Advances in the quality of learning machines also seem to only come with larger - and thus more computing hungry – machines. All the reason to turn out attention to the following.
Back in the 1960s, when NASA conducted their moon mission they used a computer for their calculations that took up a building and had less computing power than a modern pocket calculator. That such computing power now fits in a pocket is due to steady advances in technology, that doubled the number of transistors per chip roughly every two years. This doubling held up for most of the second half of the 20th century and the first decade of the current century. Because this lasted as if it was a law of nature, is often referred to as “Moore’s law”. According to this law computing capacity doubled every two years as well.
The doubling trend however started to decline and is anticipated to stop in 2025. Before 2006, it used to be the case that performance per watt doubled every two years, but since 2006 further shrinking chips leads to current leaking and chips to heat up, thus requiring more power for advances in computing capacity.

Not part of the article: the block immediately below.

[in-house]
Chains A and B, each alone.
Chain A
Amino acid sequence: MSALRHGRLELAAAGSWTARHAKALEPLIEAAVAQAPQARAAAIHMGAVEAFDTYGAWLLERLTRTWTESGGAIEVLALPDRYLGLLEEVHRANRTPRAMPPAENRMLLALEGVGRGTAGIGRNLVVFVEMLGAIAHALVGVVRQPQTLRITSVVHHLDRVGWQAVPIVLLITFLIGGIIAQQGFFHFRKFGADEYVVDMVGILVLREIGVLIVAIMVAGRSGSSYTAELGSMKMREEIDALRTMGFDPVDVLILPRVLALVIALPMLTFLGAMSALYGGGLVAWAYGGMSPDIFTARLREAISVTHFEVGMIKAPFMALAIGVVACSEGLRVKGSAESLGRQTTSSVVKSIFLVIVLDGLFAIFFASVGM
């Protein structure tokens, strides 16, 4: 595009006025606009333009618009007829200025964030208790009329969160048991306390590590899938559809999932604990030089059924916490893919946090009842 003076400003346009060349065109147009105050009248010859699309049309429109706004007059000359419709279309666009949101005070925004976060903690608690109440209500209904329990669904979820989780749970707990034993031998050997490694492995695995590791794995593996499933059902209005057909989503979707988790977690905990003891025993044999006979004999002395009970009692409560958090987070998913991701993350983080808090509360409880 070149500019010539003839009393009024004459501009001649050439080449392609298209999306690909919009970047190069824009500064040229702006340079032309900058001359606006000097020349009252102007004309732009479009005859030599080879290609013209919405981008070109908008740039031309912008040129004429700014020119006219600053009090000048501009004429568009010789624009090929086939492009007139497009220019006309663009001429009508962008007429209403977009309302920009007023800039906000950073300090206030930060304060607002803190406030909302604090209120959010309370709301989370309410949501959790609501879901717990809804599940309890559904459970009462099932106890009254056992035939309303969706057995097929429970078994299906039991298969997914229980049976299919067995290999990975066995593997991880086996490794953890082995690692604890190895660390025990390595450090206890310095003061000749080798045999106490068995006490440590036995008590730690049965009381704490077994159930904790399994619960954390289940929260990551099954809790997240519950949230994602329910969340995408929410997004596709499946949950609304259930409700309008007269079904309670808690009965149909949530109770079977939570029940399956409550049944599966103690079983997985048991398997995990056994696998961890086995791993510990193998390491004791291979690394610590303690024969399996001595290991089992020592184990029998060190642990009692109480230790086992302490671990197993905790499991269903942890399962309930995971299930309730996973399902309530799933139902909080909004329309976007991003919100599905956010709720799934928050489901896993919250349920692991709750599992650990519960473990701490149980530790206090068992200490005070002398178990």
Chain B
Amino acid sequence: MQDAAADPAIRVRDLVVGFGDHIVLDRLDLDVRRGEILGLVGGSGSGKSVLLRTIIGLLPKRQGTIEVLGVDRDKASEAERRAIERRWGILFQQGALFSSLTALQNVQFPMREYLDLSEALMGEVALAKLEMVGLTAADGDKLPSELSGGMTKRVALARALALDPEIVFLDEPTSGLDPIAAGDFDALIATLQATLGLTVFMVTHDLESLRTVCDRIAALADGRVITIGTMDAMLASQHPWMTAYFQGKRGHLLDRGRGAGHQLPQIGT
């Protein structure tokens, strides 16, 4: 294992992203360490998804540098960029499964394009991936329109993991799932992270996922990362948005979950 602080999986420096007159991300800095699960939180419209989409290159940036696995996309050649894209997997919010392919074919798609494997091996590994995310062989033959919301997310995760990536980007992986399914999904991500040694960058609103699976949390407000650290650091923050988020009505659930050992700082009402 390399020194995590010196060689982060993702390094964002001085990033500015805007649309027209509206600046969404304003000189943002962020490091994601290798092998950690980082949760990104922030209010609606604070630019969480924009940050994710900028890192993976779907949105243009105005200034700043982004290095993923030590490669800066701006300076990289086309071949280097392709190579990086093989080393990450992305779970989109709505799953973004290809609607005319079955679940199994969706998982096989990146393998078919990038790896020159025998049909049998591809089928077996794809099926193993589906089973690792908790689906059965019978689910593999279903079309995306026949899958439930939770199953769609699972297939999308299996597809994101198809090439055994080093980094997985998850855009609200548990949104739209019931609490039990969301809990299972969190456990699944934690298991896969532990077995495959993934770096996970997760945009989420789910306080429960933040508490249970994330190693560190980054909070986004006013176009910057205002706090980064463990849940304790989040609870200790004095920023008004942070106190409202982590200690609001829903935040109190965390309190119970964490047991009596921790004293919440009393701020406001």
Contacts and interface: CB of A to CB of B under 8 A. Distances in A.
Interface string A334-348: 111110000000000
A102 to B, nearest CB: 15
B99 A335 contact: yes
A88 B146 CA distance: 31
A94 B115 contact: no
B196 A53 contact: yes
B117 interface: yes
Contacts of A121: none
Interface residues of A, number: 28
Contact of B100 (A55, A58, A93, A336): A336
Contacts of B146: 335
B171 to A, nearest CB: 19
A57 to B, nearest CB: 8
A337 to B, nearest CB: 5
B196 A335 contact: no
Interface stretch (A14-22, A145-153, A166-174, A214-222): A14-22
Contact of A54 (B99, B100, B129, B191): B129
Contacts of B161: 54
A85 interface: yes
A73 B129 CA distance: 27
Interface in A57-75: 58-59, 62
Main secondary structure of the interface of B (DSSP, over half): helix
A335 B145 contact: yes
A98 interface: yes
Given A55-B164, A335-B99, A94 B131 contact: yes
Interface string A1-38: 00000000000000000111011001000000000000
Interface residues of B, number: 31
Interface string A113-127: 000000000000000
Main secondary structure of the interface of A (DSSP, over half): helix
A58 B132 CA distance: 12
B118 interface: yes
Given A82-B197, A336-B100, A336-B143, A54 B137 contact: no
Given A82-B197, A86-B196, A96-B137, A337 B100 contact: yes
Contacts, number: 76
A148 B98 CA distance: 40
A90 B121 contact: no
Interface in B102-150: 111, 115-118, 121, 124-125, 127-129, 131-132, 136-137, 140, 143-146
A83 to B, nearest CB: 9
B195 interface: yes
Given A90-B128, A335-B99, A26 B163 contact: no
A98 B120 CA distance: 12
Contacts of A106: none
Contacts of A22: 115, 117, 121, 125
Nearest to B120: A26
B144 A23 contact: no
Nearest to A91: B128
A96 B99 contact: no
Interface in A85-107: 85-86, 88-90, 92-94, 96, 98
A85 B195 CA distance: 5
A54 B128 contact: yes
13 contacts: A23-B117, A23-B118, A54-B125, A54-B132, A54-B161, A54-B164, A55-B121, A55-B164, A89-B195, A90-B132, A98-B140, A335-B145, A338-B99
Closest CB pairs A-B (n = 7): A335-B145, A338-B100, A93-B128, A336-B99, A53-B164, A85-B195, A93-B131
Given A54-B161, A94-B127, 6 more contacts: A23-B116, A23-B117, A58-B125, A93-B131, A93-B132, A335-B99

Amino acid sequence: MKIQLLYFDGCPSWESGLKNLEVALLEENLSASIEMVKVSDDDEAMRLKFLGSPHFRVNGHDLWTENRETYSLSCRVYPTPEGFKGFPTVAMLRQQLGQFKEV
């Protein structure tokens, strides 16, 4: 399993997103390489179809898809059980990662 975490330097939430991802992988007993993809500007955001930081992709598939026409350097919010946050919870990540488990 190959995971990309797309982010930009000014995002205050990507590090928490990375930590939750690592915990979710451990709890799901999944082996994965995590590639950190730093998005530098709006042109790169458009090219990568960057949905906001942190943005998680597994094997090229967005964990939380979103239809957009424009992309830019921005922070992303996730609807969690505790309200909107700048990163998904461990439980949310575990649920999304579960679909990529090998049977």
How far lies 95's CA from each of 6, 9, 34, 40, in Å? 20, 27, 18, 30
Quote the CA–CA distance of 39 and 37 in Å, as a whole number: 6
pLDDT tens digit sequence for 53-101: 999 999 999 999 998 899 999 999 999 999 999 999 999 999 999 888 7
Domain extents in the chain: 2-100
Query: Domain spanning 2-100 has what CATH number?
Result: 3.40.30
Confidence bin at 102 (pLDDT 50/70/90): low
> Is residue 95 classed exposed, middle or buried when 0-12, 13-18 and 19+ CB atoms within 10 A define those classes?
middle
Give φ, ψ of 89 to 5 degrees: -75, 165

However, the computing performance still grows by the rate of Moore’s law (but not by Moore’s law, so not by a doubling of transistors per area) utilizing so-called parallel computing, at the cost of power consumption.
Parallel computing refers to distributing tasks to multiple computing kernels, speeding up the task. The parallelism however means sending a lot of data all over the place, that is, it requires a large throughput, which is also subject to physical limitations soon to be met. (There are also other - efficiency related - restrictions in association with parallel computing. Luckily there is an extra article on the NETWORK pages! How parallel computing can be inefficient).
Interestingly there is a computing unit defying the aforementioned scaling laws and it is extremely good at learning tasks:
Modern-day supercomputers just reached computing powers similar to the brain, while at the same time requiring some 8 orders of magnitude more power than the brain.
In light of this stark difference, it seems to be a good idea to look into changing the computing approach altogether and explore brain-inspired computing. To get an idea of what that might be, let us first look at regular computers.
Famously, they represent data as sequences of ones and zeros, this is what is meant when the term digital is used. They have a Central Processing Unit (CPU), which is where a certain set of instructions is executed: strings of ones and zeros are modified. These stings are not stored on the CPU (it can only do the logic), they come from separated memory. The setup of a CPU with separated memory is called the von Neumann architecture. It is well suited for the above-mentioned serialized operations of traditional programming (“if X, do Y”). It is also very different from the information processing of the brain.